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Some Calif. lawmakers in Hawaii with lobbyists

November 17, 2010 12:00:00 AM PST
Some state lawmakers were in Hawaii Wednesday with special interest groups that are paying their expenses. Should they be mixing business with pleasure while California faces a financial crisis? Critics see a conflict of interest. The state faces big problems, but even as lawmakers are currently in recess, critics say they should be solving those problems, not mixing business with pleasure at a tropical resort.

On the heels of Governor Schwarzenegger calling a special session to tackle part of the state's projected $25-billion deficit, about two dozen lawmakers from both parties are living it up in Maui at the luxurious Fairmont Kea Lani Resort for a conference, hobnobbing with lobbyists and corporate executives.

Airfare and lodging are paid for by the non-profit organization California Independent Voter Project, whose funding comes from the exact interests mingling with those politicians now.

"California has really big problems right now, with one of the highest unemployment rates in the country, a giant budget problem that we need to be working on right away," said Derek Cressman, California Common Cause. "To be flying to Hawaii, living the life of luxury on the tab of some of the most powerful interest in the state -- the prison guards, PG&E, pharmaceutical companies -- it's just quite appalling and selfish."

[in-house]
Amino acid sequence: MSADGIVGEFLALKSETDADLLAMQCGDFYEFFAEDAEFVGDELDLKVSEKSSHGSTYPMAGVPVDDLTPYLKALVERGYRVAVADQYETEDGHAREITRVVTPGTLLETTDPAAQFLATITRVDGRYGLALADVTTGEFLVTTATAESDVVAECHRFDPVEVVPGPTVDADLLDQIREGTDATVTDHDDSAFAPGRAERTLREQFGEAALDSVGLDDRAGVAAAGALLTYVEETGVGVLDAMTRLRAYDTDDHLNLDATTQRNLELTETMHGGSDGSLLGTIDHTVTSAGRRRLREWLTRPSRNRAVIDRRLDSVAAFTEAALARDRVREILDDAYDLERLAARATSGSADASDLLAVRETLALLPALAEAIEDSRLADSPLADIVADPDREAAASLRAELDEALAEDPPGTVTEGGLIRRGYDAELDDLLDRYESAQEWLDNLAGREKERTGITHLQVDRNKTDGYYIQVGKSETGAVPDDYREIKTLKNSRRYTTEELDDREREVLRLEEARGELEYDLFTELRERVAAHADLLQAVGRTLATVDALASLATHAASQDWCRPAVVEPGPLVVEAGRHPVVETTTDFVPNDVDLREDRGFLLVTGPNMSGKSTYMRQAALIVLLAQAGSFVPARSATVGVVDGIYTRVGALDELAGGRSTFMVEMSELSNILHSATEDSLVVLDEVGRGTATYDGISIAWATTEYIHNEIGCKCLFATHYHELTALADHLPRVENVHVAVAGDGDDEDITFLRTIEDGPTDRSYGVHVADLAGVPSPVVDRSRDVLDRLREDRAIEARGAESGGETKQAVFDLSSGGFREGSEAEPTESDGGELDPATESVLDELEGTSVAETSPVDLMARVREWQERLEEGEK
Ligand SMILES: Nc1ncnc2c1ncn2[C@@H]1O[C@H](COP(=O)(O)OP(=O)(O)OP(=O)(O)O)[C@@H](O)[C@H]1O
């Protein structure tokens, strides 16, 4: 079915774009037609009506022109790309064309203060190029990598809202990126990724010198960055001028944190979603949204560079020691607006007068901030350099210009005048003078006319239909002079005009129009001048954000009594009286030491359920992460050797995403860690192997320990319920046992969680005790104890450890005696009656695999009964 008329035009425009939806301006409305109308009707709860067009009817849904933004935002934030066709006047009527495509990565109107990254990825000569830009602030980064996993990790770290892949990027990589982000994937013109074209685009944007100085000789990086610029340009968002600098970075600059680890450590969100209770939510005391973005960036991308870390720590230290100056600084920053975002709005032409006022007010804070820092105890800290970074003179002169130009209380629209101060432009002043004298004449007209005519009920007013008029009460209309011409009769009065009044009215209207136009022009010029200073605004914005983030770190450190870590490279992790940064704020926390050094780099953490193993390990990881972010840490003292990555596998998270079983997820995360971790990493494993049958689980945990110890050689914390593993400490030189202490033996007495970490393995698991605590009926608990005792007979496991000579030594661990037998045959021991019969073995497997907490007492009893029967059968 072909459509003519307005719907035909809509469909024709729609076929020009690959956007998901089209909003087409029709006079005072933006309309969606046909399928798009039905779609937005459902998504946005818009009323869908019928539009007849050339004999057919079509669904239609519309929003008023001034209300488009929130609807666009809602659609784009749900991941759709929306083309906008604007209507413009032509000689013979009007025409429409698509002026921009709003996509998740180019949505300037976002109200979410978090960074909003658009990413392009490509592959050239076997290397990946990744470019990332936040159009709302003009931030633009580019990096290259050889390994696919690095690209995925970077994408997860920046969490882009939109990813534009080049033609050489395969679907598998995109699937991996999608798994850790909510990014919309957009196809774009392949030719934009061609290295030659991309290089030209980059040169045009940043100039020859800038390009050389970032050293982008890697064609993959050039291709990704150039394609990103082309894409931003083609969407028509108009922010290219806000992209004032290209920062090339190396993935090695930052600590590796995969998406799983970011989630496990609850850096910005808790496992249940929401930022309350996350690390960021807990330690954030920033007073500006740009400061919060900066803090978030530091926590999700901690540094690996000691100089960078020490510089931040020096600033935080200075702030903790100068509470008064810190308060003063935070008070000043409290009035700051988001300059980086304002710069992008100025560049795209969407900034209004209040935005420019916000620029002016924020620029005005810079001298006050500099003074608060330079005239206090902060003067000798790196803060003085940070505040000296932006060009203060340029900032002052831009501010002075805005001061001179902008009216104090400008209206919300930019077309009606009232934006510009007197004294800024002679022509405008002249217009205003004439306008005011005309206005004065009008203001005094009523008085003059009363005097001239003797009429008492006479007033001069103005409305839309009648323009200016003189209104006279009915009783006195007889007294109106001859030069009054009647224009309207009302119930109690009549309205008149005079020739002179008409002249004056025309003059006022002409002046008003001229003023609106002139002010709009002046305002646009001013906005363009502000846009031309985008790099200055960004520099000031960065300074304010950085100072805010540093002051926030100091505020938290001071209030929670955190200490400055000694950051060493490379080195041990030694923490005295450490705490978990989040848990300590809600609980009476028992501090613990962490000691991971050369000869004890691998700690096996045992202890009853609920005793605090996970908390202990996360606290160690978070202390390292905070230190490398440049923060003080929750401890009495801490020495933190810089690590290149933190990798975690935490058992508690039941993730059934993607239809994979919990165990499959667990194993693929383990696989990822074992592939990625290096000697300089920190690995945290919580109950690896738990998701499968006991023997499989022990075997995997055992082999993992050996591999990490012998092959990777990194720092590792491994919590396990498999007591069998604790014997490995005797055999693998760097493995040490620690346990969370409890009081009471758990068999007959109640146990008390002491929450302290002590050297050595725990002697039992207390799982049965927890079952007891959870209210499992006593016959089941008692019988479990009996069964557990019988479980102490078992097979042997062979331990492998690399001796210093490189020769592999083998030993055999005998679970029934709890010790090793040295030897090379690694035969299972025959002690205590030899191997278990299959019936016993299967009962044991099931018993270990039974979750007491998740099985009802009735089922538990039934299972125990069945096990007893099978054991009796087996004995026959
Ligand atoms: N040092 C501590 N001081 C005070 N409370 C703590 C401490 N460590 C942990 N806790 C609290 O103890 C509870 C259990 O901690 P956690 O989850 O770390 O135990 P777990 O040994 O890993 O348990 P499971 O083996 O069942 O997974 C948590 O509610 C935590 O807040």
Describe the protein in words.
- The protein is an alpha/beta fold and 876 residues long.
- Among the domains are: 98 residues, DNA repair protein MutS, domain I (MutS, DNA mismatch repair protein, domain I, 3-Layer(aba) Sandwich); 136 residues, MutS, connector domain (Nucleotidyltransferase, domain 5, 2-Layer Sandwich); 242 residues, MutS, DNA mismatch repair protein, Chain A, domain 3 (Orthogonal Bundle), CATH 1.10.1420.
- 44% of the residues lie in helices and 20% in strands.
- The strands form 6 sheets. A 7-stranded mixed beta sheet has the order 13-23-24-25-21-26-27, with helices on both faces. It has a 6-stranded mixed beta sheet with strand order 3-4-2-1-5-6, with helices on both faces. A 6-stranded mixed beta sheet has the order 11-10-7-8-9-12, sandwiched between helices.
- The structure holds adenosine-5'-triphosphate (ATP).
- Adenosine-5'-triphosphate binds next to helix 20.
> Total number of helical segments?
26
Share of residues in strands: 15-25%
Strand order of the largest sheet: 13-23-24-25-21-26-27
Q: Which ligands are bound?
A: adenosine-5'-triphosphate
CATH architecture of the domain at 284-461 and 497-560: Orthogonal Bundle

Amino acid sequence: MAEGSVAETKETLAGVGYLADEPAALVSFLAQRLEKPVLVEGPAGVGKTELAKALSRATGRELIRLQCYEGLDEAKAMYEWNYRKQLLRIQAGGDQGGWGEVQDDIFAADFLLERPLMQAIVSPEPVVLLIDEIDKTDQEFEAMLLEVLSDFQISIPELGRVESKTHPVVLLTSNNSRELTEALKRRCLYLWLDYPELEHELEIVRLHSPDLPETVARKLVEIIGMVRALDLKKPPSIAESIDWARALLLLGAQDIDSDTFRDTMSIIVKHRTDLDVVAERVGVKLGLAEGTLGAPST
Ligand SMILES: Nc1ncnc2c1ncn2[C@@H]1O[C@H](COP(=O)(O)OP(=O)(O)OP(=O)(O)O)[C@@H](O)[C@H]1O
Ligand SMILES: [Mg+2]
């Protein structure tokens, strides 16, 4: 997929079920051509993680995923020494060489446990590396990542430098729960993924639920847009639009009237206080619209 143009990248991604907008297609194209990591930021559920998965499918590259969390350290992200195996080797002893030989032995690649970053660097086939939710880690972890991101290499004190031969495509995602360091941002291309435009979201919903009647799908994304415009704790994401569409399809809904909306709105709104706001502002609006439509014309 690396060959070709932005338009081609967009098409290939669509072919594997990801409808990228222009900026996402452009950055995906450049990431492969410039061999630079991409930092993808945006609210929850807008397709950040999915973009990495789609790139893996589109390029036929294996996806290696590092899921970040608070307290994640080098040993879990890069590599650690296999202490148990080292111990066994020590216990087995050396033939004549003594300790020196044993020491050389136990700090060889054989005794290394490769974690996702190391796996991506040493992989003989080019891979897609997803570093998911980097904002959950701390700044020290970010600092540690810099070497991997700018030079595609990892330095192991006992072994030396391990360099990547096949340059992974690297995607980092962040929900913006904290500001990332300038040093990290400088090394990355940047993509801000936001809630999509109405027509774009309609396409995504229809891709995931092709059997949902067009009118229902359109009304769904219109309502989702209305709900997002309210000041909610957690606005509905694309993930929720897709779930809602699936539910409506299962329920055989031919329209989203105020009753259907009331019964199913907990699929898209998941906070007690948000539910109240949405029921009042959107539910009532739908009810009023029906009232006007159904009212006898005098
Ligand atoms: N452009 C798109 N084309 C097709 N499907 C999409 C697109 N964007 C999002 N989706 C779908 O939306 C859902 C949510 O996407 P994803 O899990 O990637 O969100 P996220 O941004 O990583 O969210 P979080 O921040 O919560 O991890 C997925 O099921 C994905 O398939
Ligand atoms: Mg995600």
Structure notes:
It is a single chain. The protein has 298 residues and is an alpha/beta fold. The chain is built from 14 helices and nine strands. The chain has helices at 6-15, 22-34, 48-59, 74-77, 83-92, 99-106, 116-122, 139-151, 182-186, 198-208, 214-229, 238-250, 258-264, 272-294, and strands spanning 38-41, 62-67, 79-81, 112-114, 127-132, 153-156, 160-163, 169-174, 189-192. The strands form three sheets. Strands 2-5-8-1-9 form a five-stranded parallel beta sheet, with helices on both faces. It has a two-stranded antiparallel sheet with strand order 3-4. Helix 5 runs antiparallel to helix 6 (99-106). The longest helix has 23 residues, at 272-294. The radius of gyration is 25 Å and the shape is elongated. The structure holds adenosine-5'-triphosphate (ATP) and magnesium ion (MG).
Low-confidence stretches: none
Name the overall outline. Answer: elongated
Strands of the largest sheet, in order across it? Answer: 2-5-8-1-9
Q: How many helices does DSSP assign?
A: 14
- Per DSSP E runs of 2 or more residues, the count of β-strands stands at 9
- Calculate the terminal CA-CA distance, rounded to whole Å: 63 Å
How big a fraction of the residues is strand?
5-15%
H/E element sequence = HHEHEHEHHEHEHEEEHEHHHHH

The conferences typically talk about things like health care and "green" energy.

Eyewitness News tried calling some lawmakers in Maui but most didn't want to comment or were unavailable.

State Assembly Speaker John Perez's (D-Los Angeles) staff emphasized no state money was used and preparations are under way for Schwarzenegger's special session.

In a statement, a spokesman for Perez said the conference "provides a valuable, bipartisan exchange of ideas on key issues facing our state -- including budget reform, which is one of the main topics at the conference."

To be fair, it is technically recess right now in Sacramento. And most lawmakers don't participate in that Hawaii conference.

Former Assemblywoman Sally Lieber never took part in those annual November conferences in Hawaii because of the conflict of interest.

"It's a problem for the image of the Legislature," said Lieber. "It's something that people don't understand when they're worried about kitchen-table issues, education, and whether or not jobs are going to be around, about what's going to happen with their health care. It's something that makes the Legislature seem out of touch."

The tough thing about the non-profit organizations that sponsor these conferences is that they do not legally have to disclose their donors, who we may never know whether they'll call in favors to those lawmakers in exchange for those very nice trips."


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